More than 2 million Somalis out of aid groups' reach

By REUTERS
July 23, 2011 13:24

 
X

Dear Reader,
As you can imagine, more people are reading The Jerusalem Post than ever before. Nevertheless, traditional business models are no longer sustainable and high-quality publications, like ours, are being forced to look for new ways to keep going. Unlike many other news organizations, we have not put up a paywall. We want to keep our journalism open and accessible and be able to keep providing you with news and analyses from the frontlines of Israel, the Middle East and the Jewish World.

As one of our loyal readers, we ask you to be our partner.

For $5 a month you will receive access to the following:

  • A user experience almost completely free of ads
  • Access to our Premium Section
  • Content from the award-winning Jerusalem Report and our monthly magazine to learn Hebrew - Ivrit
  • A brand new ePaper featuring the daily newspaper as it appears in print in Israel

Help us grow and continue telling Israel’s story to the world.

Thank you,

Ronit Hasin-Hochman, CEO, Jerusalem Post Group
Yaakov Katz, Editor-in-Chief

UPGRADE YOUR JPOST EXPERIENCE FOR 5$ PER MONTH Show me later

EL ADOW, Kenya - Aid agencies are unable to reach more than two million Somalis facing starvation in the famine-struck Horn of Africa country where Islamist insurgents control much of the worst-hit areas, the UN's food agency said on Saturday.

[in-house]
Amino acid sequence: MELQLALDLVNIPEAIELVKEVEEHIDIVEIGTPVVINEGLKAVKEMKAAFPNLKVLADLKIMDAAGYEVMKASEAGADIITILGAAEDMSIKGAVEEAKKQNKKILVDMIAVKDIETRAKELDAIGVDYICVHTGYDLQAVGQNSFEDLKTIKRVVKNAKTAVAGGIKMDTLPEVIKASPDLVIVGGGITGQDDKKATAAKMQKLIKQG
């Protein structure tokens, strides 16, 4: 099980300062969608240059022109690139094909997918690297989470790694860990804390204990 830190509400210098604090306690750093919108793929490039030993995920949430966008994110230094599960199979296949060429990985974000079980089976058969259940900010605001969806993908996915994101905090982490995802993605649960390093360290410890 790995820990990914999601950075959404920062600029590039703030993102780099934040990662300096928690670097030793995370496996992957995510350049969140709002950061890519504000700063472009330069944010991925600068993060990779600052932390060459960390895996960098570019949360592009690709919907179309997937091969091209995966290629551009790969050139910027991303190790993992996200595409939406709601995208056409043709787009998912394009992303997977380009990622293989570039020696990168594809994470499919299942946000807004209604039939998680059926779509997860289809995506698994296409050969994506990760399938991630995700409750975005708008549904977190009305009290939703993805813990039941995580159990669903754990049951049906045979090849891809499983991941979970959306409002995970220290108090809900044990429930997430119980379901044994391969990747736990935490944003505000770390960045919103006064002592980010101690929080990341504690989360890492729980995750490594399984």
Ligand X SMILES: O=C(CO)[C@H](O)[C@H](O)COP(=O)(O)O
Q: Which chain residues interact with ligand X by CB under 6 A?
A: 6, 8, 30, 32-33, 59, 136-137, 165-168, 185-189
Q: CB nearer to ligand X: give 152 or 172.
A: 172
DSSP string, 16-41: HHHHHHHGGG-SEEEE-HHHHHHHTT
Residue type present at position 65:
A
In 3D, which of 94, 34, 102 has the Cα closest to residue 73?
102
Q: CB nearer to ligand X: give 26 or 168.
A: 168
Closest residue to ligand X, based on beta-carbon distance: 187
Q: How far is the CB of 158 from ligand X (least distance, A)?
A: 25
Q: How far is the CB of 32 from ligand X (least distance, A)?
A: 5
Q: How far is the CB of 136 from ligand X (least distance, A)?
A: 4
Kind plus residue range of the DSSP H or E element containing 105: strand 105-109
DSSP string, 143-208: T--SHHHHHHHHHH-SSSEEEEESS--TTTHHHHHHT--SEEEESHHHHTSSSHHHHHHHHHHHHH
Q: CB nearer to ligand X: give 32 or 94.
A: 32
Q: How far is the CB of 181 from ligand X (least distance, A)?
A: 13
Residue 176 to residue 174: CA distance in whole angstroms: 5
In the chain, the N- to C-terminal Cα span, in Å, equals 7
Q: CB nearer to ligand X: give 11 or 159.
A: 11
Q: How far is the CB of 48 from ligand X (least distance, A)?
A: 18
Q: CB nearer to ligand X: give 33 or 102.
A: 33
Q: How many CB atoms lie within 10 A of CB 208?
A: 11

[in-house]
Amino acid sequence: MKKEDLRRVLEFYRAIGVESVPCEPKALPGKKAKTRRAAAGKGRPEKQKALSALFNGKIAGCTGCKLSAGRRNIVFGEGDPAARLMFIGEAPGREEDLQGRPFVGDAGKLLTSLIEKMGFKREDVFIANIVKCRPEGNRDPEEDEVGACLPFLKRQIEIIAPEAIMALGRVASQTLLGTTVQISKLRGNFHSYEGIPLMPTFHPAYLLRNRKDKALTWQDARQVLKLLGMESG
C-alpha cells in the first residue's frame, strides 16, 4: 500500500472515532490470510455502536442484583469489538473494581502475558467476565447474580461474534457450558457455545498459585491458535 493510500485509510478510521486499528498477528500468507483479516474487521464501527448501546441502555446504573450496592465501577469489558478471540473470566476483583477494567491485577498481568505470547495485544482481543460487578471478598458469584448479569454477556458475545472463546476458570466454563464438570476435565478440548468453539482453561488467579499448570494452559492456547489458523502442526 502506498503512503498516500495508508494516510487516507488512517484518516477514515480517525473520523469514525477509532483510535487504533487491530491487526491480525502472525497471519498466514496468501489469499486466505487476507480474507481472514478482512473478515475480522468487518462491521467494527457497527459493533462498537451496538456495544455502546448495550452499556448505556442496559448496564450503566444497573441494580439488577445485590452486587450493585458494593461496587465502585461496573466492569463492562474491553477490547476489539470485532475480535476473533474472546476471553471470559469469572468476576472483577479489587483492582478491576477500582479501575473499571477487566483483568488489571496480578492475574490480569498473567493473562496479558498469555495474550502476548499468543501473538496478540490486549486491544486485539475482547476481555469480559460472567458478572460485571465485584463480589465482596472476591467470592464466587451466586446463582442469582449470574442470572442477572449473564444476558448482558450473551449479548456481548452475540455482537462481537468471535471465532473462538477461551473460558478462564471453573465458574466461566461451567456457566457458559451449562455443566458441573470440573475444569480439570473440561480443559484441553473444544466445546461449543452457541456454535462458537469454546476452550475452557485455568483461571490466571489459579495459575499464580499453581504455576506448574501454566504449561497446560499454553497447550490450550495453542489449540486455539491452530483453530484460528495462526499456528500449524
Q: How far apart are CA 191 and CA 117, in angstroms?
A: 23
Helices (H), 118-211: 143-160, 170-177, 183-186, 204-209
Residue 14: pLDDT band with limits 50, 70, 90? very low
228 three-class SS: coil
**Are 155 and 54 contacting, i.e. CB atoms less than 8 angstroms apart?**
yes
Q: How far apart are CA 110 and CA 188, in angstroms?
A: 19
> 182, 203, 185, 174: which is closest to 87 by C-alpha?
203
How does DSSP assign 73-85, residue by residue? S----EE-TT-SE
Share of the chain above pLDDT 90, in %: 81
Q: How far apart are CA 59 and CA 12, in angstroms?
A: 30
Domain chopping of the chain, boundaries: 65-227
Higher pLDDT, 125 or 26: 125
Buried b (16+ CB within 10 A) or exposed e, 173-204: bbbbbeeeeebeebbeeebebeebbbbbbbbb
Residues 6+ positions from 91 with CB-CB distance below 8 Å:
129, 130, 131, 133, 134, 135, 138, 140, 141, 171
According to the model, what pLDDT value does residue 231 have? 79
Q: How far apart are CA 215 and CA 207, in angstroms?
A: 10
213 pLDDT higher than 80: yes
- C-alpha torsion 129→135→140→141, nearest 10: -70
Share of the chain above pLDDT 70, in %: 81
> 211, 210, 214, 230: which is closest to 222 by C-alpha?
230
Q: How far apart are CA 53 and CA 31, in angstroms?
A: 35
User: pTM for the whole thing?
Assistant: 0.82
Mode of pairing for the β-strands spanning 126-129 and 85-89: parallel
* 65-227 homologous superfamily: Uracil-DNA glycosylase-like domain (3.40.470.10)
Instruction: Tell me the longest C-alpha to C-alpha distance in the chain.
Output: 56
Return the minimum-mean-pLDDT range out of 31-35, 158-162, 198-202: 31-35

World Food Program (WFP) officials said the areas of southern Somalia controlled by the al-Qaida-linked al Shabaab, which imposed a ban on food aid in 2010, were among the most dangerous to operate in worldwide.

"There are 2.2 million people yet to be reached. It is the most dangerous environment we are working in in the world. But people are dying. It's not about politics, it's about saving lives now," Josette Sheeran, WFP's executive director, told agency staff and reporters in northeastern Kenya.

The drought gripping the region straddling Somalia, Kenya and Ethiopia is the worst for 20 years and is affecting some 10 million people, the United Nations says. In southern Somalia, 3.7 million people risk starvation.

Join Jerusalem Post Premium Plus now for just $5 and upgrade your experience with an ads-free website and exclusive content. Click here>>

Related Content

Breaking news
September 18, 2018
Jerusalem Post closed for Yom Kippur

By JERUSALEM POST STAFF